Ornamental and edible gardening adventures.

The Gardener's September Calendar


Keep harvesting veggies to encourage plants to keep producing until frost.

The main thing to keep in mind this month: The gardening season is not over yet! There's a lot that can be completed this month, including creating raised beds and editing current garden beds. You can also sow more vegetables that will grow quickly before the temperatures dip. Here are some tasks on my list this month:




  • Trellis ramblers — Are your raspberries and blackberries out of control? When I visited California to be a #NGBPlantNerd for a week, I came across a staking technique that I fell in love with! Most often used for indeterminate tomatoes, I also spied it being used to control blackberries. Take two fence posts and use string to "Florida Weave" or basket weave the plants in position. (Not sure what that process is? Here's a video I found from The University of Maine that explains how it works.) 

  • Plant for fall — Many vegetable plants that like cooler temperatures — such as lettuce, kale, peas, beets, radishes, spinach, carrots — are perfect for planting now in cold frames or raised beds where frost covers will be used for protection. Look for varieties that will mature within 30 days. To keep flying pests off, use a floating row cover (install this when you plant). Speaking of planting for fall, instead of buying grocery store mums (which are usually grown in hot houses and won't survive harsh New England winters), consider adding asters, perennial mums, and grasses to your landscape. Pots can be refreshed with decorative kale and ornamental pepper plants, too. 
  • Preserve your harvest — Whether it be tomatoes, beans, cucumbers, peppers or herbs, make sure you start freezing, drying or preserving to extend the harvest into the winter months.
  • Fall cleanup — It seems as if it is never too early to start cleaning up the garden. In this previous blog entry, a master gardeners offers tips to make fall cleanup faster. Anything that is diseased should be chucked into the garbage can (think tomatoes showing blight, irises showing borer damage, etc.). Any spent flowers should be cut back (deadheaded). However, leave perennials like echinacea standing so they provide seeds for the birds and hollow stems for native bees to overwinter in. (We'll talk more about that next month.)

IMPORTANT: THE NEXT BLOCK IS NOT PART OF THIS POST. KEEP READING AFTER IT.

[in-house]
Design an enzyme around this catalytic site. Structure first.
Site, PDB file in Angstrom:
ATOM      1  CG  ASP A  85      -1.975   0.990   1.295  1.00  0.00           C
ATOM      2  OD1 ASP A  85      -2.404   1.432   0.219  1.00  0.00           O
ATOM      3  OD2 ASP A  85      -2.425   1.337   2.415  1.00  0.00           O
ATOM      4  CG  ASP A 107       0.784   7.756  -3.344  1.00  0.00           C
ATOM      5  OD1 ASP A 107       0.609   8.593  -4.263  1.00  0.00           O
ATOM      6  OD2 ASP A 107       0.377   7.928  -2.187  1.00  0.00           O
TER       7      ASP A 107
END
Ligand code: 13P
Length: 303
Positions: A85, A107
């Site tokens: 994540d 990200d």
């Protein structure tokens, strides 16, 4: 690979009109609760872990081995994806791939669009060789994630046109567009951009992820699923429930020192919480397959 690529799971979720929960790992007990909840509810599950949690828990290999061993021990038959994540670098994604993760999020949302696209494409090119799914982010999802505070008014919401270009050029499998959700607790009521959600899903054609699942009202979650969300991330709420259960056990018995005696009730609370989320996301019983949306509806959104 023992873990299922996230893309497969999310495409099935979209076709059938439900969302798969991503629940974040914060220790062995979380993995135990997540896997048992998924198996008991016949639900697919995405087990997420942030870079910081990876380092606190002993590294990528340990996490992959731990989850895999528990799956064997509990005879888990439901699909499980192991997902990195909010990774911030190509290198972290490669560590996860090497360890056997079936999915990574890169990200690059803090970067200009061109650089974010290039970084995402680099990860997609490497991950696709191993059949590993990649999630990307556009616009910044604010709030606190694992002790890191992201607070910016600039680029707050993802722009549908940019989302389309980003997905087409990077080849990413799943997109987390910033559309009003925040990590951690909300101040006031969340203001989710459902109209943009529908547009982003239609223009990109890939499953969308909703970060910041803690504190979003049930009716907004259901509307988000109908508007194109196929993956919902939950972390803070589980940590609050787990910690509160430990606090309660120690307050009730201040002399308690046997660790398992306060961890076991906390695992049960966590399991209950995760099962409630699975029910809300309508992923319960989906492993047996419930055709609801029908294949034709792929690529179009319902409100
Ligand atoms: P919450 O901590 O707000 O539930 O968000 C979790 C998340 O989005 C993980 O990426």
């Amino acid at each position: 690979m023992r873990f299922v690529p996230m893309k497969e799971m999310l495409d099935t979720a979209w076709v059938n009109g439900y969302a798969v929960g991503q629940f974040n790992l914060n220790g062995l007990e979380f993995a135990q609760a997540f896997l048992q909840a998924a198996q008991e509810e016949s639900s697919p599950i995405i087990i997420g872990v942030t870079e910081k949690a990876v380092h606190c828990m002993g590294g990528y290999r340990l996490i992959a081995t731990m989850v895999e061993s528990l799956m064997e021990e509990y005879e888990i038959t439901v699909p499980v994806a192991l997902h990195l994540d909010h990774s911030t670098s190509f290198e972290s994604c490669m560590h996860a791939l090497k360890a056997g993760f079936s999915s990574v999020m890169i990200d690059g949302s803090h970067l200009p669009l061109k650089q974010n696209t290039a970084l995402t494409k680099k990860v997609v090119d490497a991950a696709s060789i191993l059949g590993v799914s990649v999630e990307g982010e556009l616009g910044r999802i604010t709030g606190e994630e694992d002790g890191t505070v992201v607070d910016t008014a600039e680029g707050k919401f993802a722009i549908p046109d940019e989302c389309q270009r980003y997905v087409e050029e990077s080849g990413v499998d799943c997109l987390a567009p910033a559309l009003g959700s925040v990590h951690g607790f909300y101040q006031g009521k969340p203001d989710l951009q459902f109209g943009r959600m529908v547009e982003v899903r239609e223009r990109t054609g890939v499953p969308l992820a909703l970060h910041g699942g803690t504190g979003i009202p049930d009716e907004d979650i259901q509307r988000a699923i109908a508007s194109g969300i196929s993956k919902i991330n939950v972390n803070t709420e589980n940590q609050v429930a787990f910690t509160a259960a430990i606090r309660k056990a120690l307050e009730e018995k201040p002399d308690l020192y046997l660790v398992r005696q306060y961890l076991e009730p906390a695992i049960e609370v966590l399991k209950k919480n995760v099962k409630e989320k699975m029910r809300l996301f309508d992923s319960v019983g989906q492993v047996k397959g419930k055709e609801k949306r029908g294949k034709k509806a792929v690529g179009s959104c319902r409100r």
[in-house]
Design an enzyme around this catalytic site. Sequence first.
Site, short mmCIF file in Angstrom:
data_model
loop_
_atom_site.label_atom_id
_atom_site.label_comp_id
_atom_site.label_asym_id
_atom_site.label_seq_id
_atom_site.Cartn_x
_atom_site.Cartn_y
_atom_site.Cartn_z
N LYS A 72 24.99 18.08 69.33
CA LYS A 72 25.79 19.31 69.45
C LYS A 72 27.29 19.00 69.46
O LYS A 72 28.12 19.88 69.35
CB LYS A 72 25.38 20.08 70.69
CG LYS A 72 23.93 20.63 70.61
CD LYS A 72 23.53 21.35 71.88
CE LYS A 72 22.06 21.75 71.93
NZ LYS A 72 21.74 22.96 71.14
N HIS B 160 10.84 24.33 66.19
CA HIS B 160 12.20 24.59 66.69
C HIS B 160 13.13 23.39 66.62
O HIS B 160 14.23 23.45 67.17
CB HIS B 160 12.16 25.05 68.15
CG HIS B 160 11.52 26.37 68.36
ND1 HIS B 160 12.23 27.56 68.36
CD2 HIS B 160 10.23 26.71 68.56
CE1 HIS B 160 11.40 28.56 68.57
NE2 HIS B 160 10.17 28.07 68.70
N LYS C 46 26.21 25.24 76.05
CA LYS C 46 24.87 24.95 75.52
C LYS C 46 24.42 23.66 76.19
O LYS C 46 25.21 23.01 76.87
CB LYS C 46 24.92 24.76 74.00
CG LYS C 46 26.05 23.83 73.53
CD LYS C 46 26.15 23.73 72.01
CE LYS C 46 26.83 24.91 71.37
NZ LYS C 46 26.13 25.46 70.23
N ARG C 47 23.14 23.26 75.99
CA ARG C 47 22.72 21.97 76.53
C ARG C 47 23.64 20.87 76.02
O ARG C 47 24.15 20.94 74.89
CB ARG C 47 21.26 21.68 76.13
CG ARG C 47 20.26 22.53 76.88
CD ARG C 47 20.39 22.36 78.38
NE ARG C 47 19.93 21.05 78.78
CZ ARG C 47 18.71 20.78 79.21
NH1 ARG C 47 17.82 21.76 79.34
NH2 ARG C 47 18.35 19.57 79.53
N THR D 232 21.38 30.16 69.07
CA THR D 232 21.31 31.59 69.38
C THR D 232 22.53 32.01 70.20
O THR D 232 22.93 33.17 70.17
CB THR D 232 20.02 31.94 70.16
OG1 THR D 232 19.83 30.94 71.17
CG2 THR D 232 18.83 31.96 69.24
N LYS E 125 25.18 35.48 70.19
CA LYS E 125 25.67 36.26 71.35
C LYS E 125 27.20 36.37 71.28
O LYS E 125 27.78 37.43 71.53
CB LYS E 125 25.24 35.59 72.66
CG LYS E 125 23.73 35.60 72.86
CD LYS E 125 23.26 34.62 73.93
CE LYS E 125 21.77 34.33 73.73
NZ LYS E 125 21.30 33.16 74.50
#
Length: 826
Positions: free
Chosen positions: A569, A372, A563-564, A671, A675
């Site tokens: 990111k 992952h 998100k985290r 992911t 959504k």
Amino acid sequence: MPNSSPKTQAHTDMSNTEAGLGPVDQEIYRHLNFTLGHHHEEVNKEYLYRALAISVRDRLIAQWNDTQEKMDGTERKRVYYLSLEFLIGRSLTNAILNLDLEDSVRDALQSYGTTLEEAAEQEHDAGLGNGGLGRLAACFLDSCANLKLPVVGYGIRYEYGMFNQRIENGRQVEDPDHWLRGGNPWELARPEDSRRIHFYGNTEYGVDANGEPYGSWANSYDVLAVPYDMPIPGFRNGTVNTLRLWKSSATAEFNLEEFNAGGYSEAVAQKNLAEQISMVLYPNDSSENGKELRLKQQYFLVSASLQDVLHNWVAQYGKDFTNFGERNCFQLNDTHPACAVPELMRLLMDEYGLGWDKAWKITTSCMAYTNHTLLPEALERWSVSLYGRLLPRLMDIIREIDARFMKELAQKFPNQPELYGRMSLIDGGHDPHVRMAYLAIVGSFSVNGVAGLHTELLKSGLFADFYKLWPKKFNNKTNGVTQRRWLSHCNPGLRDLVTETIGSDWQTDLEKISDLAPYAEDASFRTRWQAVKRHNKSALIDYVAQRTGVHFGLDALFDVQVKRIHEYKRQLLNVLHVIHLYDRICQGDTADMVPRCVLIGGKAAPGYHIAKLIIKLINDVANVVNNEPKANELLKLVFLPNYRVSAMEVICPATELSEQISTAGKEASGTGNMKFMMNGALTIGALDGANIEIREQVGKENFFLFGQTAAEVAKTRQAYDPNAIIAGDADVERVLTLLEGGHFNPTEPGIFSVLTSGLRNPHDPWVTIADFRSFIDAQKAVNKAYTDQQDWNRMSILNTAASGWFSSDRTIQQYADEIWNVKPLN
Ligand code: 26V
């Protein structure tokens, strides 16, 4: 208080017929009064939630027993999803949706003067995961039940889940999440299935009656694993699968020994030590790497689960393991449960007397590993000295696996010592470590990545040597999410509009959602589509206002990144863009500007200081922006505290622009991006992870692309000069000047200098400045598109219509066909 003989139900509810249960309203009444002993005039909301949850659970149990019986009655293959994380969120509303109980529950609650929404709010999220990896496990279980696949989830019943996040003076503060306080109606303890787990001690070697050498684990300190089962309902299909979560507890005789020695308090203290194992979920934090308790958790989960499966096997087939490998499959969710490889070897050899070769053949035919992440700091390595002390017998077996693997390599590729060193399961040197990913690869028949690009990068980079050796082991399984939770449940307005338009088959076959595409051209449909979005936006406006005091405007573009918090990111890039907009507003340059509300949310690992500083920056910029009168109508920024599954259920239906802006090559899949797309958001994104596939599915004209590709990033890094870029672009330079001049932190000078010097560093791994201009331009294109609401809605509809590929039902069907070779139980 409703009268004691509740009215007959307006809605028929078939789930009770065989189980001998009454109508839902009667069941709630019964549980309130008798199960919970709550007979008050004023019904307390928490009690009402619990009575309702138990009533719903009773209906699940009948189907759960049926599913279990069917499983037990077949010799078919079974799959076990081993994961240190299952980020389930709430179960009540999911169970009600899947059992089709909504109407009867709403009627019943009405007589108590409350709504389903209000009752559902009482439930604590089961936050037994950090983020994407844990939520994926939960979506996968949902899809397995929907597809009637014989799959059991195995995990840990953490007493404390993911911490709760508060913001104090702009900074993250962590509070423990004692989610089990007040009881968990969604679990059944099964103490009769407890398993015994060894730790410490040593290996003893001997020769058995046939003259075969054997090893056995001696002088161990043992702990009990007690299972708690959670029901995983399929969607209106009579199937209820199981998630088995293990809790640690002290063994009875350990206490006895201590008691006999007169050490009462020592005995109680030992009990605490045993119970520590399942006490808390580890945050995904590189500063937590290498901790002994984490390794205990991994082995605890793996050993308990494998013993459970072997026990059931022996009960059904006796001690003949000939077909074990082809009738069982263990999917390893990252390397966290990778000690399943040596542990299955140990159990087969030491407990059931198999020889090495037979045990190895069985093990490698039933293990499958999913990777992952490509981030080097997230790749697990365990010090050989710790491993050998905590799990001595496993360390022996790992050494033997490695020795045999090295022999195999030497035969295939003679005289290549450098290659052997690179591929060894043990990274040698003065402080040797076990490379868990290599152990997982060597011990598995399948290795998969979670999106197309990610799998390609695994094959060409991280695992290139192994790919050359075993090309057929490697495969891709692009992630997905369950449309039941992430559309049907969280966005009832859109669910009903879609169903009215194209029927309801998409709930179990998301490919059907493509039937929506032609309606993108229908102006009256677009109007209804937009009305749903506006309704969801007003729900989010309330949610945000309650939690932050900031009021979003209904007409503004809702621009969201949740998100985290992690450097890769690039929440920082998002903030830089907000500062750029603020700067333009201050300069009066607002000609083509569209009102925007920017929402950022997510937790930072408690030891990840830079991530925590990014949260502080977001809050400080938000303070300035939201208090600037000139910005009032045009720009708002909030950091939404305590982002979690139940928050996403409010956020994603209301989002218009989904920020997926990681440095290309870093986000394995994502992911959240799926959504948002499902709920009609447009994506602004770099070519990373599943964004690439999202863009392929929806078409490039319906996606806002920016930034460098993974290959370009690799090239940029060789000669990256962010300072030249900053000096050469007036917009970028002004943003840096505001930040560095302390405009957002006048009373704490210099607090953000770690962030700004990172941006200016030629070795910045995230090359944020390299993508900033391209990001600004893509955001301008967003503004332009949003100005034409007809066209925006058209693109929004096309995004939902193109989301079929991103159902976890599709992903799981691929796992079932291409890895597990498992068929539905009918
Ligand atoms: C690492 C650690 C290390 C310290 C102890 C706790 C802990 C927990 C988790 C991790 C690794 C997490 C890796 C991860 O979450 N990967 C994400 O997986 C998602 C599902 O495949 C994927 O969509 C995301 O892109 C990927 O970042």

• Daylilies — Now is a good time to divide and plant new plants in the garden. Bonus: If you are starting a new garden bed, when you are planting bulbs this fall, plant daffodils underneath your new daylilies.  The emerging daylilies will hide the daffodil leaves as they yellow in the spring.
  • Irises — You can still divide bearded irises into September. This is important for older clumps of irises that are no longer blooming as well in the spring. Cut off any rotted or damaged rhizomes, and replant them so the rhizome is only half buried.  (Think of irises as tanning salon freaks. They like their sun exposure to keep their rhizomes from rotting.)
  • Bulbs — It's time to place your orders! Break out the photos you took in the spring and figure out which parts of the garden are missing spring color. The trick is trying to get a continual cycle of bloom. This year I'm going to be focusing on more minor bulbs (think crocus, snowdrops and grape hyacinths) to create larger swatches of color.